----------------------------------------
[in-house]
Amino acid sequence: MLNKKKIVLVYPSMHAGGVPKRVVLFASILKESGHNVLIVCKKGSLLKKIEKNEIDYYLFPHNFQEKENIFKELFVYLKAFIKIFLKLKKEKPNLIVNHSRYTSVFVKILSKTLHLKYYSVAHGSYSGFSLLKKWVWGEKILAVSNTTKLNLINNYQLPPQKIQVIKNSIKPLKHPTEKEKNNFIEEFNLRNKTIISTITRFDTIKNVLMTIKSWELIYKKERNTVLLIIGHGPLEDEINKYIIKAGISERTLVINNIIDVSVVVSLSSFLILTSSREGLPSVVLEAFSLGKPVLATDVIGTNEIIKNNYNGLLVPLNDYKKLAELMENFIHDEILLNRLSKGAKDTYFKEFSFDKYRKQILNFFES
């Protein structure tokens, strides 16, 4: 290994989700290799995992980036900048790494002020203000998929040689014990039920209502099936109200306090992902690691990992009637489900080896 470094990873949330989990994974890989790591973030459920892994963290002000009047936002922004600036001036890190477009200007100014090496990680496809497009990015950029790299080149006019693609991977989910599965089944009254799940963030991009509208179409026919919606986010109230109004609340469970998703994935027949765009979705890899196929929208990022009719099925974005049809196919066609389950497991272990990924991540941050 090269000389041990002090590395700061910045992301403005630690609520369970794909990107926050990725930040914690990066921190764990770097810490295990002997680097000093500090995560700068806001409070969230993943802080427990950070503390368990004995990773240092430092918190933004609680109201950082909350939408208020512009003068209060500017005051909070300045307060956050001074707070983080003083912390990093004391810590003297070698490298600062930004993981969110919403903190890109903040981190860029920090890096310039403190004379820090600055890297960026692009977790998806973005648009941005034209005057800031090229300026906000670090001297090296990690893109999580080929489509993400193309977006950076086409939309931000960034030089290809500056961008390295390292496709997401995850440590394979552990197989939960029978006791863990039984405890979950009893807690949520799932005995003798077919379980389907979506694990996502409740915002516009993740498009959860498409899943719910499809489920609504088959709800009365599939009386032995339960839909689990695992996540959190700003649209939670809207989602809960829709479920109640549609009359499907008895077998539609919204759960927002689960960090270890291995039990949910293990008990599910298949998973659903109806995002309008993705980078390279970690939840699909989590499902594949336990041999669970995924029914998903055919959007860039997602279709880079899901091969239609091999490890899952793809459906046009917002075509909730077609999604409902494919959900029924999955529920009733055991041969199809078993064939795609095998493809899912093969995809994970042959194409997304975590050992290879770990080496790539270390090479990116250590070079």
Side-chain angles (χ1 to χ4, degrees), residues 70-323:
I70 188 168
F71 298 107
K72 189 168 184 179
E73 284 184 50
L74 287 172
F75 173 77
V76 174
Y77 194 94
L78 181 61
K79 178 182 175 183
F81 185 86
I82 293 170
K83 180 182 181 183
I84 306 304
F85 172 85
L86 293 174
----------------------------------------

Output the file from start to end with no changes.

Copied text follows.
[in-house]
Amino acid sequence: MLNKKKIVLVYPSMHAGGVPKRVVLFASILKESGHNVLIVCKKGSLLKKIEKNEIDYYLFPHNFQEKENIFKELFVYLKAFIKIFLKLKKEKPNLIVNHSRYTSVFVKILSKTLHLKYYSVAHGSYSGFSLLKKWVWGEKILAVSNTTKLNLINNYQLPPQKIQVIKNSIKPLKHPTEKEKNNFIEEFNLRNKTIISTITRFDTIKNVLMTIKSWELIYKKERNTVLLIIGHGPLEDEINKYIIKAGISERTLVINNIIDVSVVVSLSSFLILTSSREGLPSVVLEAFSLGKPVLATDVIGTNEIIKNNYNGLLVPLNDYKKLAELMENFIHDEILLNRLSKGAKDTYFKEFSFDKYRKQILNFFES
């Protein structure tokens, strides 16, 4: 290994989700290799995992980036900048790494002020203000998929040689014990039920209502099936109200306090992902690691990992009637489900080896 470094990873949330989990994974890989790591973030459920892994963290002000009047936002922004600036001036890190477009200007100014090496990680496809497009990015950029790299080149006019693609991977989910599965089944009254799940963030991009509208179409026919919606986010109230109004609340469970998703994935027949765009979705890899196929929208990022009719099925974005049809196919066609389950497991272990990924991540941050 090269000389041990002090590395700061910045992301403005630690609520369970794909990107926050990725930040914690990066921190764990770097810490295990002997680097000093500090995560700068806001409070969230993943802080427990950070503390368990004995990773240092430092918190933004609680109201950082909350939408208020512009003068209060500017005051909070300045307060956050001074707070983080003083912390990093004391810590003297070698490298600062930004993981969110919403903190890109903040981190860029920090890096310039403190004379820090600055890297960026692009977790998806973005648009941005034209005057800031090229300026906000670090001297090296990690893109999580080929489509993400193309977006950076086409939309931000960034030089290809500056961008390295390292496709997401995850440590394979552990197989939960029978006791863990039984405890979950009893807690949520799932005995003798077919379980389907979506694990996502409740915002516009993740498009959860498409899943719910499809489920609504088959709800009365599939009386032995339960839909689990695992996540959190700003649209939670809207989602809960829709479920109640549609009359499907008895077998539609919204759960927002689960960090270890291995039990949910293990008990599910298949998973659903109806995002309008993705980078390279970690939840699909989590499902594949336990041999669970995924029914998903055919959007860039997602279709880079899901091969239609091999490890899952793809459906046009917002075509909730077609999604409902494919959900029924999955529920009733055991041969199809078993064939795609095998493809899912093969995809994970042959194409997304975590050992290879770990080496790539270390090479990116250590070079």
Side-chain angles (χ1 to χ4, degrees), residues 70-323:
I70 188 168
F71 298 107
K72 189 168 184 179
E73 284 184 50
L74 287 172
F75 173 77
V76 174
Y77 194 94
L78 181 61
K79 178 182 175 183
F81 185 86
I82 293 170
K83 180 182 181 183
I84 306 304
F85 172 85
L86 293 174